- published: 15 Feb 2014
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A drive through Kenya's bustling capital of Nairobi reveals a nation in love -- with the mobile phone. Across the African continent, improvements in mobile phone technology and greater access to the internet are spurring new innovations in the tech sector. Special correspondent Martin Seemungal reports from Kenya, the East African nation leading the trend.
Mobile payment is big business in Africa. Around 18 million people use their mobile phones to pay for a wide range of services and goods. The Kenyan service M-Pesa is now expanding to Europe. More Shift: http://www.dw.de/program/shift/s-30417-9798
Africa is one of the fastest growing mobile regions in the world and has also become a cradle for creative innovation. At TEDxLugano, Julian Pistone and David Steinacker – the dynamic duo from Google – share their experience and knowledge of the widespread mobile technology in Africa and the power and transformative impact mobile could have in Africa. Julian works as a Strategic Partner Manager at Google. Half Austrian, half Italian, he grew up on the shores of Lake Maggiore. Today, Julian consults Swiss web publishers and app developers on their digital monetization strategies. He is also a guest lecturer on online advertising at Bocconi University and Grenoble Graduate School of Business, where he shares his passion for mobile technology and emerging markets. Julian has a particular af...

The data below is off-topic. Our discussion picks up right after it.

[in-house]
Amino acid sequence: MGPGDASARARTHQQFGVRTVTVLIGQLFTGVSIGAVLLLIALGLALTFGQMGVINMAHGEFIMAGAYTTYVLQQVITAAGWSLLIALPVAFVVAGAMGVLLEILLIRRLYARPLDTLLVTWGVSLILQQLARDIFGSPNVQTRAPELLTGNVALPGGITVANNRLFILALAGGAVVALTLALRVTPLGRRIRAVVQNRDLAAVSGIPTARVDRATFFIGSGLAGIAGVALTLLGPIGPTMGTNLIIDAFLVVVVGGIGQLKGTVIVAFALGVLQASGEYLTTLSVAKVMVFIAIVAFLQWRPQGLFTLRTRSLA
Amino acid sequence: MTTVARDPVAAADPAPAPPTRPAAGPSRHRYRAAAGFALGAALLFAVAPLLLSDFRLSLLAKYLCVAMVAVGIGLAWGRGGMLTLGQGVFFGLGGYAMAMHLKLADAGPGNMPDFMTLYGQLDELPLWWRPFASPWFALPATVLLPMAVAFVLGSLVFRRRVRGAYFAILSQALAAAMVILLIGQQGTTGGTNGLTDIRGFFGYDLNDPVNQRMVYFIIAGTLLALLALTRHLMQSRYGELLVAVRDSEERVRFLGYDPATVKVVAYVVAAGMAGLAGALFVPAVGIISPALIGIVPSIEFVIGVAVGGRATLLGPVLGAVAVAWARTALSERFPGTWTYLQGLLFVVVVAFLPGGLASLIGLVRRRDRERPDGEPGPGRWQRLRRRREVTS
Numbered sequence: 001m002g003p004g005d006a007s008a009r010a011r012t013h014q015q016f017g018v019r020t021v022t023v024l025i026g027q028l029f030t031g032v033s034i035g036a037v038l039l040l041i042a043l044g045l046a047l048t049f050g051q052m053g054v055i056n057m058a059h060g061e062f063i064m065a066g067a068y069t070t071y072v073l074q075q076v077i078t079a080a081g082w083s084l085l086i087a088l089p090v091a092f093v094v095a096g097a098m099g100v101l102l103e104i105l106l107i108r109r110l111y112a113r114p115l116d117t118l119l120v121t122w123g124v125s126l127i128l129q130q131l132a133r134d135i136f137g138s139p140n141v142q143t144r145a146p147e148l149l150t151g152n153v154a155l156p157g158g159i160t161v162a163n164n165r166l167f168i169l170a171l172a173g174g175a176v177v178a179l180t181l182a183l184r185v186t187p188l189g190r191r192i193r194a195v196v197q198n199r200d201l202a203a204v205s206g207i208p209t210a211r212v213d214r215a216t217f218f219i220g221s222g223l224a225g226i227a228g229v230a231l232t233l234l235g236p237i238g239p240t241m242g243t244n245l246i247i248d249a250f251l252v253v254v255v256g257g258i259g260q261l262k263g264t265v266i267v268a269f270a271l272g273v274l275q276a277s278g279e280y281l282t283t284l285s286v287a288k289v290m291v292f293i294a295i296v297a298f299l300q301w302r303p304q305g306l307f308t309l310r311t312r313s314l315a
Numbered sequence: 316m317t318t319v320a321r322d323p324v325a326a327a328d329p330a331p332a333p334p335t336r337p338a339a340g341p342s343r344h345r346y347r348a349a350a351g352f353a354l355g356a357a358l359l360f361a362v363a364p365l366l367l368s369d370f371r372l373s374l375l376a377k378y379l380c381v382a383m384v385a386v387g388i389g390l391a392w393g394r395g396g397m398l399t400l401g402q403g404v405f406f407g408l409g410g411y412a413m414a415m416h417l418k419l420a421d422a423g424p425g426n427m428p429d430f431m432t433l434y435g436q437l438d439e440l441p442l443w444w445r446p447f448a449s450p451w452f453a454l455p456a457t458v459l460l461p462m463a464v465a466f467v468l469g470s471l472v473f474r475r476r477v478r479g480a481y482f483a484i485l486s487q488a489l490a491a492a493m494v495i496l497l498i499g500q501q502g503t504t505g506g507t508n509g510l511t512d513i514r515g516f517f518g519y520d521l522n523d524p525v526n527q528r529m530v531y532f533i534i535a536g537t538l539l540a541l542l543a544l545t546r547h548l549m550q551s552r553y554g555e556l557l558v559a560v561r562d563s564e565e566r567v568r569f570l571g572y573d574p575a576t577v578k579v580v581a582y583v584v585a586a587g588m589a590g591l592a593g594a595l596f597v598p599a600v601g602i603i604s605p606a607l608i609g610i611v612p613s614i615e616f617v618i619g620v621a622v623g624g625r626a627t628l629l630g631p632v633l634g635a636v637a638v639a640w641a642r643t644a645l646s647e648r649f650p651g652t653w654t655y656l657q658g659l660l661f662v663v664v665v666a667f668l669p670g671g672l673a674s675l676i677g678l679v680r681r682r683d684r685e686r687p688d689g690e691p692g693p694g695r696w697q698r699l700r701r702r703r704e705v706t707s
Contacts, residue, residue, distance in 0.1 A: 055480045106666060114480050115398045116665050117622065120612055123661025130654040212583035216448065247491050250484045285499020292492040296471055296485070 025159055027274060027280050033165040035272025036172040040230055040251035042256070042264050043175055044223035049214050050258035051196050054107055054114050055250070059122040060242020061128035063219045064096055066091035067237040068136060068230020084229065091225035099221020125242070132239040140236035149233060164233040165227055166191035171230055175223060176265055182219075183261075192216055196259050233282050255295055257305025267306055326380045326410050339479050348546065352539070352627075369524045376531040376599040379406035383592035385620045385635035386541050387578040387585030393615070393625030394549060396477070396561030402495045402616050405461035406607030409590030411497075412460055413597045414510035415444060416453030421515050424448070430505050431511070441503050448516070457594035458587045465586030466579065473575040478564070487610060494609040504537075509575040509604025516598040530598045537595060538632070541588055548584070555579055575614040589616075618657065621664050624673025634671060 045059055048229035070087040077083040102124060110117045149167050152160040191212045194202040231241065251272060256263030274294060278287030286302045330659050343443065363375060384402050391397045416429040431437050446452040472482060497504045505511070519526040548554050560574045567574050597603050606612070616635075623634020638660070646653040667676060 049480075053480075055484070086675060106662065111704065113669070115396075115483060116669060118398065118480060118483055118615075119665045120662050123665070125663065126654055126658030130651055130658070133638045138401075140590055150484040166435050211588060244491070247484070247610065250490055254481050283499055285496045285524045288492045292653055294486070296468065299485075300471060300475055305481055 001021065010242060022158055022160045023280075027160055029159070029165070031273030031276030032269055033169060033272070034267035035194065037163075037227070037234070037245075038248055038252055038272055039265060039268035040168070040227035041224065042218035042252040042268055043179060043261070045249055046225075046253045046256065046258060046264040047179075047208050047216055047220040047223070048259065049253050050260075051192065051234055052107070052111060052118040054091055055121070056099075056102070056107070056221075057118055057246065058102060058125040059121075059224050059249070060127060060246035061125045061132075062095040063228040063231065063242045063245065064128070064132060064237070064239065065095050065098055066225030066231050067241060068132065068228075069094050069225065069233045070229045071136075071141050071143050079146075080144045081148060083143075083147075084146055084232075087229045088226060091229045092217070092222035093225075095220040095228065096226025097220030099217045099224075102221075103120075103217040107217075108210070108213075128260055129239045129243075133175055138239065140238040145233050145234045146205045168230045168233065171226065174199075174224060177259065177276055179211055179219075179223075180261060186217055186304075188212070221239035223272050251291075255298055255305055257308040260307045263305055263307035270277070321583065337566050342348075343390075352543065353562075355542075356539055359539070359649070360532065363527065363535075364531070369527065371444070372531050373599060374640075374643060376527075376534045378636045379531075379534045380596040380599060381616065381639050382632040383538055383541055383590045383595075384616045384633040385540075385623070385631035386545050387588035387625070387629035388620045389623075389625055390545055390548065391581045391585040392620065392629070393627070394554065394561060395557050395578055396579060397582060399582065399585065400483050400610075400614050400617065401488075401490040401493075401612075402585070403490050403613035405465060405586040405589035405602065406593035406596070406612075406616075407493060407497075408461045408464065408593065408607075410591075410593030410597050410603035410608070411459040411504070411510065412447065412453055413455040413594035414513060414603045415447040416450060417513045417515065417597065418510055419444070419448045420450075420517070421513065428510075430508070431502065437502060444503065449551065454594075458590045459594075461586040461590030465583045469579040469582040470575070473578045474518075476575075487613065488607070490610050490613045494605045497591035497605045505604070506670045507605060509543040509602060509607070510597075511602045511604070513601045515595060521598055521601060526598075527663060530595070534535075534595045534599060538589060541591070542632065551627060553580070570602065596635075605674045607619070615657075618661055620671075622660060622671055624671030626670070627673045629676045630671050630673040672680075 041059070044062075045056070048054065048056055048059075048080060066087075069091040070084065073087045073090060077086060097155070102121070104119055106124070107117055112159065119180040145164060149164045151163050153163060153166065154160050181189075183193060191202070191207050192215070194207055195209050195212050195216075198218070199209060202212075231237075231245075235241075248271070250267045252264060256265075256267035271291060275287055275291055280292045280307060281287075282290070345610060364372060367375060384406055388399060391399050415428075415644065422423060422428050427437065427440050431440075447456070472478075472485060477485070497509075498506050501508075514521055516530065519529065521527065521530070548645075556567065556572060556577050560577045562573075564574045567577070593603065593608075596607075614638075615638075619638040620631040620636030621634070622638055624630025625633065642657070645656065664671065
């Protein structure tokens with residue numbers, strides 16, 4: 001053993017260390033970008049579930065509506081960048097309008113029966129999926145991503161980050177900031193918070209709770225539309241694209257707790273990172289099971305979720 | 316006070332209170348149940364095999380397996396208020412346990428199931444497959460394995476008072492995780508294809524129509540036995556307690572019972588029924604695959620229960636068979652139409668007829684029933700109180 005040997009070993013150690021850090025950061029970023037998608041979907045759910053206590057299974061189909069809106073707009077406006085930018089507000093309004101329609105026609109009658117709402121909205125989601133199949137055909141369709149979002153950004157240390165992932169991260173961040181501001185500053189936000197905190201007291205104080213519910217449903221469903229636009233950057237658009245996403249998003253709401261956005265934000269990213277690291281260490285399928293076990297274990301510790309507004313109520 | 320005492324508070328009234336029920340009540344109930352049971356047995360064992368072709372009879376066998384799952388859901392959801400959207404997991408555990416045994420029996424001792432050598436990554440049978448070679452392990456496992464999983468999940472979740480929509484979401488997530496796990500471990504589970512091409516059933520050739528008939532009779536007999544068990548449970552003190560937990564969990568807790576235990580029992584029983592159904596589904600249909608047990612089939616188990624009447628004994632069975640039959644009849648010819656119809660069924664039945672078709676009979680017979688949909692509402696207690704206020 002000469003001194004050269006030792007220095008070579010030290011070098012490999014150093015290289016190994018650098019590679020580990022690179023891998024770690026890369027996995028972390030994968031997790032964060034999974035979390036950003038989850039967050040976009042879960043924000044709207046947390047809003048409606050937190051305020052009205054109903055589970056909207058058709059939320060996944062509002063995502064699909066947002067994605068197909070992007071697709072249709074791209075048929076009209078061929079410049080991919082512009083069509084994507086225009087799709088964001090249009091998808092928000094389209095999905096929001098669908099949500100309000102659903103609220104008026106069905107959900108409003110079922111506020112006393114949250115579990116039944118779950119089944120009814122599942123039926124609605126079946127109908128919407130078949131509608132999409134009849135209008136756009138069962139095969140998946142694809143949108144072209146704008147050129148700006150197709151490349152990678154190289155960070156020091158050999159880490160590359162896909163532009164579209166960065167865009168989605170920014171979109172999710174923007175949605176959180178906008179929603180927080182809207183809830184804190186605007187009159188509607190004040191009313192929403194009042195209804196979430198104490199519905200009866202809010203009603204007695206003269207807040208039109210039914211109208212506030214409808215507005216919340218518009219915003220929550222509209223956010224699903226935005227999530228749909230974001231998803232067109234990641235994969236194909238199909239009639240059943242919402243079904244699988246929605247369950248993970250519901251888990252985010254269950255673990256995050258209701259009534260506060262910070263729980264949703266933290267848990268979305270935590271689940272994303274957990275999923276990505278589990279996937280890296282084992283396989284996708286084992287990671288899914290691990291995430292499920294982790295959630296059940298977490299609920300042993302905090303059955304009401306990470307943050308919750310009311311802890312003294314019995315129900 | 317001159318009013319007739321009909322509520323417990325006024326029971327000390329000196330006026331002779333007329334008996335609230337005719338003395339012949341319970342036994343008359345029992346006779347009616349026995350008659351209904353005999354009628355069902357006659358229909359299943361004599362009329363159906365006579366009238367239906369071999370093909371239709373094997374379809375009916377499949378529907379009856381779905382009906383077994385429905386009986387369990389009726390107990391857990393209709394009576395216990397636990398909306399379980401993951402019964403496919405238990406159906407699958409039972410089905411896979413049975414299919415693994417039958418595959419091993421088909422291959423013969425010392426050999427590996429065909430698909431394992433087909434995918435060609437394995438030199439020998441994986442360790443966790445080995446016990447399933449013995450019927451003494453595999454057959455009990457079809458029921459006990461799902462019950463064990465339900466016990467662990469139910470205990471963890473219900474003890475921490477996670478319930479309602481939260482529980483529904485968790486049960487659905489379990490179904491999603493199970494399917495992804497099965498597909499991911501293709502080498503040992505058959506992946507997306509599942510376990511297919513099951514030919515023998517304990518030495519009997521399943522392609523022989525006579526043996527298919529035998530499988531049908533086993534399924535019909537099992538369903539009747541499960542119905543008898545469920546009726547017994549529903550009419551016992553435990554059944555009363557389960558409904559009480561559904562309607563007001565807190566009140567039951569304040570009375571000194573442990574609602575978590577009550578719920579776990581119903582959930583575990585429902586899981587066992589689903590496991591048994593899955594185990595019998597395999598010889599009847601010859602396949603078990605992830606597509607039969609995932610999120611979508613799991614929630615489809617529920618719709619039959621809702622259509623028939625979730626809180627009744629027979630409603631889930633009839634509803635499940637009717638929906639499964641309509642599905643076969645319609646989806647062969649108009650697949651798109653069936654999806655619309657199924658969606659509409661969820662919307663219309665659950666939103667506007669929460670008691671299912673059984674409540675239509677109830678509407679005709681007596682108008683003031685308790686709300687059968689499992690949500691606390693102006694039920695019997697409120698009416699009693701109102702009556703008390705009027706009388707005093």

From VOA Learning English, we bring you news about technology in Special English. The World Bank estimates there are about 650 million mobile phone users in African countries south of the Sahara desert. That is greater than the number of users in the United States and the European Union. Samia Melhem works for the World Bank to increase information technologies in Africa. She says mobile phones are Africa's fastest-growing technology. She says more Africans have access to the Internet than to clean water or sanitation. She says mobile technology has brought about huge changes in how people live. CNN television recently named seven ways life has been revolutionized by mobile phones. They include political activism, education, entertainment, disaster management, agriculture, and health. ...
Mshwari is a mobile payment system that lets users save and borrow money through their phone while earning interest on money saved. It is an attractive offer for Kenyans with little income and small businesses.
Hello Africa is the title of a documentary that illustrates cellphone culture in Africa. It shows images of contemporary Africa with focus on people's lifestyles, popular culture, habits, activities and opinions in the context of mobile technology usage. The movie portraits individuals from all society: teachers, athletes, vendors, watchmen, musicians and many more. They all have in common that they are connected and have unique stories to tell. Contrasts, strong visuals and a cool soundtrack presents this theme and, in a broader sense, aims to raise the awareness of the ICT4D movement. http://wiki.ict4d.at/Hello_Africa